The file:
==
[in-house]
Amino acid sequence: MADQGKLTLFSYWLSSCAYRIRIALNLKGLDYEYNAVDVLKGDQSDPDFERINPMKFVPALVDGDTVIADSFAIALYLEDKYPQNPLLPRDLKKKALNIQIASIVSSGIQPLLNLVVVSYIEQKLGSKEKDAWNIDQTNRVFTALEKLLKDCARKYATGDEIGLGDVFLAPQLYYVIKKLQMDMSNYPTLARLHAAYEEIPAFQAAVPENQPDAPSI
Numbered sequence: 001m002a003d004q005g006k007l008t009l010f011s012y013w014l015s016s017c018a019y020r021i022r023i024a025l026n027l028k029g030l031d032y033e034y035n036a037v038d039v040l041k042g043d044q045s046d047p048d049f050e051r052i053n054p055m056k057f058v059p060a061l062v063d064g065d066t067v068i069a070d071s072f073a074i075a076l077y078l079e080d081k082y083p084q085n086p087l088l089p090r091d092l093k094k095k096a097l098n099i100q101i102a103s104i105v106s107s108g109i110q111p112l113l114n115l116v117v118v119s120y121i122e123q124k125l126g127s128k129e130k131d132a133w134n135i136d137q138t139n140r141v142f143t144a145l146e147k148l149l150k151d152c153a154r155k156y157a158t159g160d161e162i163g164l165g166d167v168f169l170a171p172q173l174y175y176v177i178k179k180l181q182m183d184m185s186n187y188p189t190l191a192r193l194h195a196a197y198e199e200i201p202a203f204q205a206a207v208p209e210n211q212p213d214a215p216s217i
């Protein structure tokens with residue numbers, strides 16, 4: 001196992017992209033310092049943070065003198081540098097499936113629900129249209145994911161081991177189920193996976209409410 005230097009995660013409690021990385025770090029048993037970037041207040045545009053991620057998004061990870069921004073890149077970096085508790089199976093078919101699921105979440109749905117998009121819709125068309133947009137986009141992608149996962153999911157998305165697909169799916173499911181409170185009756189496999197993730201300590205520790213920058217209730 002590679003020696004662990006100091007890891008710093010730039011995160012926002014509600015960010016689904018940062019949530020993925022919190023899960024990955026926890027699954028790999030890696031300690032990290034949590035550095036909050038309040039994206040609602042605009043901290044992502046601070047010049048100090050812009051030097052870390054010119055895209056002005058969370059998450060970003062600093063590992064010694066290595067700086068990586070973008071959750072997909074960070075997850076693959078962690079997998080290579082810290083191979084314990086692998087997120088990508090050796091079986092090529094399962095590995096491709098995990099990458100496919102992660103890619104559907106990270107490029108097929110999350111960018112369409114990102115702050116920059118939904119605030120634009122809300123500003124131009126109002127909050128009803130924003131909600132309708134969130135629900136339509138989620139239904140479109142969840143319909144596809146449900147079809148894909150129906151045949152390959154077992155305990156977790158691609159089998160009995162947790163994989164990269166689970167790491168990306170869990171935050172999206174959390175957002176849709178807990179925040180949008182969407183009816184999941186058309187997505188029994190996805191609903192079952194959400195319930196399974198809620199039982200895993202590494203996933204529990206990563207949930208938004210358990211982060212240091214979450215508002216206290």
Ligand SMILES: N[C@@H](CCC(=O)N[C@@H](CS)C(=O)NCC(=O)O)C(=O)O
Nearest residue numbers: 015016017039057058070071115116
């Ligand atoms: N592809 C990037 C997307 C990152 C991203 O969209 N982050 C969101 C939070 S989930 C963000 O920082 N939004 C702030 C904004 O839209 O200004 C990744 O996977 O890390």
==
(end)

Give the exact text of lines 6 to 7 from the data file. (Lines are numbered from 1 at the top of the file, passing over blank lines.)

Nearest residue numbers: 015016017039057058070071115116
């Ligand atoms: N592809 C990037 C997307 C990152 C991203 O969209 N982050 C969101 C939070 S989930 C963000 O920082 N939004 C702030 C904004 O839209 O200004 C990744 O996977 O890390």